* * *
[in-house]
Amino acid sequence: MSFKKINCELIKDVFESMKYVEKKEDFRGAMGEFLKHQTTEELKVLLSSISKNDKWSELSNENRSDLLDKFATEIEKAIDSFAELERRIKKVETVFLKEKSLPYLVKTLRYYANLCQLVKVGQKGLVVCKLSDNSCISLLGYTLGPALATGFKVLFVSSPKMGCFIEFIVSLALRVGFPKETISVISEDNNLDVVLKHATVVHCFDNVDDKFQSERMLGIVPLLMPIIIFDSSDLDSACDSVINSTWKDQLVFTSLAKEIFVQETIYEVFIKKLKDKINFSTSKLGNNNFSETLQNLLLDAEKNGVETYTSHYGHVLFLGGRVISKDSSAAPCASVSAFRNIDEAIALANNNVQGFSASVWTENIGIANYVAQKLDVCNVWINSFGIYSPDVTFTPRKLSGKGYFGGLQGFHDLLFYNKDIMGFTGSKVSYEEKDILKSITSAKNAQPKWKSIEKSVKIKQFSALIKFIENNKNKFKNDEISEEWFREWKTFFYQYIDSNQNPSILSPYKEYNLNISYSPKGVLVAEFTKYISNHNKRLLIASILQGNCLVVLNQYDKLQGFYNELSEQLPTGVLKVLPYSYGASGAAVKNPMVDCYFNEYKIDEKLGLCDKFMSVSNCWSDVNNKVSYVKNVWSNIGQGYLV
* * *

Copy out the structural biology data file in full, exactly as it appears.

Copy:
[in-house]
Amino acid sequence: MSFKKINCELIKDVFESMKYVEKKEDFRGAMGEFLKHQTTEELKVLLSSISKNDKWSELSNENRSDLLDKFATEIEKAIDSFAELERRIKKVETVFLKEKSLPYLVKTLRYYANLCQLVKVGQKGLVVCKLSDNSCISLLGYTLGPALATGFKVLFVSSPKMGCFIEFIVSLALRVGFPKETISVISEDNNLDVVLKHATVVHCFDNVDDKFQSERMLGIVPLLMPIIIFDSSDLDSACDSVINSTWKDQLVFTSLAKEIFVQETIYEVFIKKLKDKINFSTSKLGNNNFSETLQNLLLDAEKNGVETYTSHYGHVLFLGGRVISKDSSAAPCASVSAFRNIDEAIALANNNVQGFSASVWTENIGIANYVAQKLDVCNVWINSFGIYSPDVTFTPRKLSGKGYFGGLQGFHDLLFYNKDIMGFTGSKVSYEEKDILKSITSAKNAQPKWKSIEKSVKIKQFSALIKFIENNKNKFKNDEISEEWFREWKTFFYQYIDSNQNPSILSPYKEYNLNISYSPKGVLVAEFTKYISNHNKRLLIASILQGNCLVVLNQYDKLQGFYNELSEQLPTGVLKVLPYSYGASGAAVKNPMVDCYFNEYKIDEKLGLCDKFMSVSNCWSDVNNKVSYVKNVWSNIGQGYLV